As for Trump, he was classic, narcissistic, Trump. He opened with an insult to Muslims, reminding the majority Jewish crowd that it was Muslims who perpetrated 9-11. He claimed that he was The Authority on the Iran Agreement saying: "I have studied this deal very much believe me more than anyone else in the world and it is a bad deal." In Washington, DC, in front of 18,000 people, many of whom worked for weeks and months around the clock against the Iran deal, he claimed that he studied that deal more than anyone else in the world. He anointed himself the top deal maker in the world since he wrote a book that had the word deal in the title -- and since that book was, he said: "the number one best seller in the world, or one of the number one, yes, number one." He was so disrespectful of the Office of the President and of President Obama particularly that AIPAC felt morally compelled to issue an apology distancing itself from Trump's remarks. No facts, no plans, only wild unsubstantiated assertions about the state of the country today and promises without substance, depth, or form, of where the country will be when he is in charge.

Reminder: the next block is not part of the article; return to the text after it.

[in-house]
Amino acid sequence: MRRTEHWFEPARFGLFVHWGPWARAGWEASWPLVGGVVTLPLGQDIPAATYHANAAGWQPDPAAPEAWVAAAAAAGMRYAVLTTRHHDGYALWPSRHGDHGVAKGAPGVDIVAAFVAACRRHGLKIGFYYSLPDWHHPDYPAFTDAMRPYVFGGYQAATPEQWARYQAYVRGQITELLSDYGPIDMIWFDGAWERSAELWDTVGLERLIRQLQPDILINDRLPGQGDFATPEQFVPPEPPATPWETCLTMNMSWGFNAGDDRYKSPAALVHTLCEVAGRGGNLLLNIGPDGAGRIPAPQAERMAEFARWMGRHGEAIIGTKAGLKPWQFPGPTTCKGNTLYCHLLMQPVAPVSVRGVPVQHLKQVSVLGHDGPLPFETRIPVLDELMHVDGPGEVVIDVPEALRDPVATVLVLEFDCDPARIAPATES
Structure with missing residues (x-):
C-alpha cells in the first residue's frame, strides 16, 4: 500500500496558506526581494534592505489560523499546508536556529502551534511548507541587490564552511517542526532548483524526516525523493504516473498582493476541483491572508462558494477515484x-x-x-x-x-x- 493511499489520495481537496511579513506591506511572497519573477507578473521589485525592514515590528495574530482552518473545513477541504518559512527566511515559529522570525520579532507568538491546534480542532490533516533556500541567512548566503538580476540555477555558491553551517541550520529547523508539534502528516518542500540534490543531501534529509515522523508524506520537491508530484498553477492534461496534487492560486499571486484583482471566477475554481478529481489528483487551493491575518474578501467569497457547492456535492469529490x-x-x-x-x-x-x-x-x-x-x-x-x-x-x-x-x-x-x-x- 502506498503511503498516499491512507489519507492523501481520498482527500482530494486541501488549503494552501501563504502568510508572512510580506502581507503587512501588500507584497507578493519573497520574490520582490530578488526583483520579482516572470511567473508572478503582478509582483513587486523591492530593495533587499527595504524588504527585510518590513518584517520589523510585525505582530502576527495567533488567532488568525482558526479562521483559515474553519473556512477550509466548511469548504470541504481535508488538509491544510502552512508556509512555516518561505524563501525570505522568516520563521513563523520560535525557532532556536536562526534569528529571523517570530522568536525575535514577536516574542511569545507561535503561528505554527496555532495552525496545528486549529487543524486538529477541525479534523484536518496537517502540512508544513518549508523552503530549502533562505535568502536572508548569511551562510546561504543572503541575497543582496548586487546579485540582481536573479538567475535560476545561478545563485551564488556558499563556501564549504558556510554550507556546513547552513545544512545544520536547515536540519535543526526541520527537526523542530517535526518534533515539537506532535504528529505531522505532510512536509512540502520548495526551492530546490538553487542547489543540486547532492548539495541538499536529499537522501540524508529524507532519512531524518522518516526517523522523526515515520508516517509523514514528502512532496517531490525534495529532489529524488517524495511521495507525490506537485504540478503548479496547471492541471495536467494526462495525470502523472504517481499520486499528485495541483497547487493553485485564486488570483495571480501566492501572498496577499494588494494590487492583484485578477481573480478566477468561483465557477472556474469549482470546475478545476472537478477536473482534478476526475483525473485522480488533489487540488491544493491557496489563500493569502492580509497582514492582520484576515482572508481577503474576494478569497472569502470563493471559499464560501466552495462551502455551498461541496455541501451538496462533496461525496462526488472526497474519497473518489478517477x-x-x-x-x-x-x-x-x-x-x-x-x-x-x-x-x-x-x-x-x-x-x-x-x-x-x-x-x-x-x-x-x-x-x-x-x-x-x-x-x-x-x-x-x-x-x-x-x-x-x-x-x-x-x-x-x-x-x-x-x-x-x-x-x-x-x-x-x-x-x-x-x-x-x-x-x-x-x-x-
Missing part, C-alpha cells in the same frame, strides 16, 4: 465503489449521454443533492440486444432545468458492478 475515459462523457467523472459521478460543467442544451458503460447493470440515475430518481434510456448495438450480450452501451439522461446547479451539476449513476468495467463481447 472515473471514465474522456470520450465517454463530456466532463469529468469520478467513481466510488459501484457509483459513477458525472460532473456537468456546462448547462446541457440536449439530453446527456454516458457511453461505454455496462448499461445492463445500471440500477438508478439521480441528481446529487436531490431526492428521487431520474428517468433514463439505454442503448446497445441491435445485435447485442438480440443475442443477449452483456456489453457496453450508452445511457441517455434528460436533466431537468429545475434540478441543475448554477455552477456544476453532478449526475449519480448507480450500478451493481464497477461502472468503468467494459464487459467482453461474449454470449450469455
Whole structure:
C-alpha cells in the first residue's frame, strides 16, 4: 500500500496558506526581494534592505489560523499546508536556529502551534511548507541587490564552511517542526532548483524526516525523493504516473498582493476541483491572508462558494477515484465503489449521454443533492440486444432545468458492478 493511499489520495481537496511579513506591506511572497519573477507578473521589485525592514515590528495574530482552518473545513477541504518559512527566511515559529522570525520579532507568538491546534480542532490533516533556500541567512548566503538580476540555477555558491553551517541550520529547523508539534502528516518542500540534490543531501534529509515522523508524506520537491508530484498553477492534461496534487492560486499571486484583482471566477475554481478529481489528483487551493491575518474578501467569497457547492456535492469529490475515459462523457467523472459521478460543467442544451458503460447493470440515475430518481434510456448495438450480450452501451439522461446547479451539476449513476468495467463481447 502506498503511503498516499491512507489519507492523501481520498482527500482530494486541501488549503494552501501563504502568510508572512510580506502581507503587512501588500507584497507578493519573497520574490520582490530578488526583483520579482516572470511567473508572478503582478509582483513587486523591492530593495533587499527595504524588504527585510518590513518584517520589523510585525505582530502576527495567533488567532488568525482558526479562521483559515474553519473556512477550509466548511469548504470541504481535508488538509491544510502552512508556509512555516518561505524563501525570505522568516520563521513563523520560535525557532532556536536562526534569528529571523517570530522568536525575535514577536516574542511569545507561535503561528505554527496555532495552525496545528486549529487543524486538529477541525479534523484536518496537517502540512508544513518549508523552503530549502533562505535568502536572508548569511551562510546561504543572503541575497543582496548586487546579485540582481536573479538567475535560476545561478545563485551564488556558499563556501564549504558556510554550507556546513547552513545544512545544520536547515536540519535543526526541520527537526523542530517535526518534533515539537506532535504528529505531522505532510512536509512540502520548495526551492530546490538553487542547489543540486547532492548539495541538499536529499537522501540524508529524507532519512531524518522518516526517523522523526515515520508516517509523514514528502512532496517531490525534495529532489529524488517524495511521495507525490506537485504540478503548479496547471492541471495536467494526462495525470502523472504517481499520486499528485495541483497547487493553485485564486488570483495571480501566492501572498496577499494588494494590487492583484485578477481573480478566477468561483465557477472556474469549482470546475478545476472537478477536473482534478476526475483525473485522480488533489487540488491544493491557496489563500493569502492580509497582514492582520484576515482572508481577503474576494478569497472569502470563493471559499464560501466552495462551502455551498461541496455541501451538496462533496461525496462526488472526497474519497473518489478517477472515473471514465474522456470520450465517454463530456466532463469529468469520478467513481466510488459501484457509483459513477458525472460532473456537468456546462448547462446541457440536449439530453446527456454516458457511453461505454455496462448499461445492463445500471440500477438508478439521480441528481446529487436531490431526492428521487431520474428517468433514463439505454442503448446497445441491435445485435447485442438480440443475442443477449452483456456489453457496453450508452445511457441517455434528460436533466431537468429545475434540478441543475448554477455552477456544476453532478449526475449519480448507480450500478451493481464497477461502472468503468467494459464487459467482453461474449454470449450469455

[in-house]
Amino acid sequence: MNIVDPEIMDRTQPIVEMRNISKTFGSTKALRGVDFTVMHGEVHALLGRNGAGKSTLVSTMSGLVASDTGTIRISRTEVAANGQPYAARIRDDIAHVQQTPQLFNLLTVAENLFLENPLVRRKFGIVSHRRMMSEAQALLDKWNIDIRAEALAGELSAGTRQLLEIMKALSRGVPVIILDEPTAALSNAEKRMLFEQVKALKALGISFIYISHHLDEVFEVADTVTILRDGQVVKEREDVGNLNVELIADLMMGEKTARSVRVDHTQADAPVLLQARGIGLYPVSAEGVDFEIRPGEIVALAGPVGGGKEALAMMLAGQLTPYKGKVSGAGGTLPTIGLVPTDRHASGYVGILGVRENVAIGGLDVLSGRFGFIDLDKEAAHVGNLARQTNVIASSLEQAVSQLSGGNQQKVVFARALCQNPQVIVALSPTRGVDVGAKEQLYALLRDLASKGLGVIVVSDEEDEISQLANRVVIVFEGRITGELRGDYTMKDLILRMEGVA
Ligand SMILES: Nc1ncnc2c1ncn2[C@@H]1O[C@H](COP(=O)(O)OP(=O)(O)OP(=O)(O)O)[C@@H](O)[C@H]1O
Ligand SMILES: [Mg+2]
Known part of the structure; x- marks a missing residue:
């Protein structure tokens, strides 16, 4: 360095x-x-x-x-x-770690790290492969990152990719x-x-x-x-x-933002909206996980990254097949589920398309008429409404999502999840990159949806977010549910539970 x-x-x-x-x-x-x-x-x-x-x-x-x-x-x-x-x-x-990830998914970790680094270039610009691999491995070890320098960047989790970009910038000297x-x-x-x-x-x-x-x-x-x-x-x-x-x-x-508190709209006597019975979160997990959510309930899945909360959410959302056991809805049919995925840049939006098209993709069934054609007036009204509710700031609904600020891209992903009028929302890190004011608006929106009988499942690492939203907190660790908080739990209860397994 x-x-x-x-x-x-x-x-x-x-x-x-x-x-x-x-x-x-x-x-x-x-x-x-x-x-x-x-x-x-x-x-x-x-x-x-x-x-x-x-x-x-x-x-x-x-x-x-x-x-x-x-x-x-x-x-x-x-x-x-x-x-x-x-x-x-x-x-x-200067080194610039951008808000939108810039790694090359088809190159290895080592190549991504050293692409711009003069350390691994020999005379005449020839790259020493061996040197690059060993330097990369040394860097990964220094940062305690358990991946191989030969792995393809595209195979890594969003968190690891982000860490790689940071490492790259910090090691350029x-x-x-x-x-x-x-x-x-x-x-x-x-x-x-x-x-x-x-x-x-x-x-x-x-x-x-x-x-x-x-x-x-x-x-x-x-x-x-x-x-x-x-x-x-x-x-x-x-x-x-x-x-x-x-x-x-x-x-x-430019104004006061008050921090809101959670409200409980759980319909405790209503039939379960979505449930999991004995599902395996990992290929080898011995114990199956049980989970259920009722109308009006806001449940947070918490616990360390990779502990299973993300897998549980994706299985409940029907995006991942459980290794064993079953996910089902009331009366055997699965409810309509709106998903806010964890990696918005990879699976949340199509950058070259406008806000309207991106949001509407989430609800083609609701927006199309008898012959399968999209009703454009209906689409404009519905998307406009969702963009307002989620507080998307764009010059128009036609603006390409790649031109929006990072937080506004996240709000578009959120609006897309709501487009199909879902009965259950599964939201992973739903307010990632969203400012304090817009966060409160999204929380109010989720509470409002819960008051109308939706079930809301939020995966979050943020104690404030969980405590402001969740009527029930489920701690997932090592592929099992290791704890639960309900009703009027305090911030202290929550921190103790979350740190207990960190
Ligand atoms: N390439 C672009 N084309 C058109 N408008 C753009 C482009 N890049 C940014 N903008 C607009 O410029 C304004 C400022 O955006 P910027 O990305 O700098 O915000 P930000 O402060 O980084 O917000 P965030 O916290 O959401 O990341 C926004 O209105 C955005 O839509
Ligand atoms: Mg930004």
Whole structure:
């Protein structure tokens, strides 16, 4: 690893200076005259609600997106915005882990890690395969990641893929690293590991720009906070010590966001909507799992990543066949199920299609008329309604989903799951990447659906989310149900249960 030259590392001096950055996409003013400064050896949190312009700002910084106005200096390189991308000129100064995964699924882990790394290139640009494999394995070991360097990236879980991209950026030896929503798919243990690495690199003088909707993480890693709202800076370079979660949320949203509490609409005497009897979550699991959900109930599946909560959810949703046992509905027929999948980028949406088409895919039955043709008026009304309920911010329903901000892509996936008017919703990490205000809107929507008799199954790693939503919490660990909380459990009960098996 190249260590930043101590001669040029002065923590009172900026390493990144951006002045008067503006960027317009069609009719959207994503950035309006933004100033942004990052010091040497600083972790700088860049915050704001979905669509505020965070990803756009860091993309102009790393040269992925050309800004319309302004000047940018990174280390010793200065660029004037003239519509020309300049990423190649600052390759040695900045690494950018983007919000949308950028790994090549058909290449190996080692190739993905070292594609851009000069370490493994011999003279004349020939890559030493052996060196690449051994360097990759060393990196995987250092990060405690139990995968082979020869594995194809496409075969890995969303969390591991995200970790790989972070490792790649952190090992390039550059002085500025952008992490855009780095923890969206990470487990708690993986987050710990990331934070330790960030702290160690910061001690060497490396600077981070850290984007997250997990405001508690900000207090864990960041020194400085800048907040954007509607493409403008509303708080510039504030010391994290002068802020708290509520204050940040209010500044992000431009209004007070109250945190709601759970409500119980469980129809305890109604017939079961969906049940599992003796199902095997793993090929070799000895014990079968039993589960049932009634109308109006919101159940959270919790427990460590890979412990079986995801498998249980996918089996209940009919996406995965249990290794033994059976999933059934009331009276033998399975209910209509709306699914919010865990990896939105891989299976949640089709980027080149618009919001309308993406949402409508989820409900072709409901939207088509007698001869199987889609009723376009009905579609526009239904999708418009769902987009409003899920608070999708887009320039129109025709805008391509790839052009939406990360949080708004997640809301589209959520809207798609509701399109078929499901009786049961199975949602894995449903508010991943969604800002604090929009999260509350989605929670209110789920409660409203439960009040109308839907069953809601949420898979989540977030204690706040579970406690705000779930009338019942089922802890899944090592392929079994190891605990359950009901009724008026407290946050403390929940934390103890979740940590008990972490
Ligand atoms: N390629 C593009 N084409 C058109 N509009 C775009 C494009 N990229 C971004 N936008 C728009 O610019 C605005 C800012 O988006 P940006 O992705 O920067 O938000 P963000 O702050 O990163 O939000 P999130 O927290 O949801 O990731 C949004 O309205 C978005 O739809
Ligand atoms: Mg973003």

The audiences' response to Trump was what transformed the bombastic, overblown remarks of the candidate and elevated his egocentricity into a volatile and pathogenic blow to the democracy of the United States of America. Upon Trump's entry to the arena the crowd sat fairly stoic. It did not take long for Trump's absurd claims to elicit open laughter that could be heard all the way to the hallways of the sport's arena. And then when the crowd was loosened up with his absurdity Trump turned to his charismatic, bullish charm to draw people into his vortex. With much the same promises, (i.e. The United States will always be Israel's greatest partner) albeit in much simpler language than the other candidates, Trump managed to whip the crowd to excitement, until many were off their feet in one standing ovation after another. This is how he transformed a crowd believed to be so hostile to Trump that AIPAC had at least three times before Trumps' appearance exhorted the crowd about proper respect for guest speakers. And there they were on their feet in unbridled, spontaneous support for this man.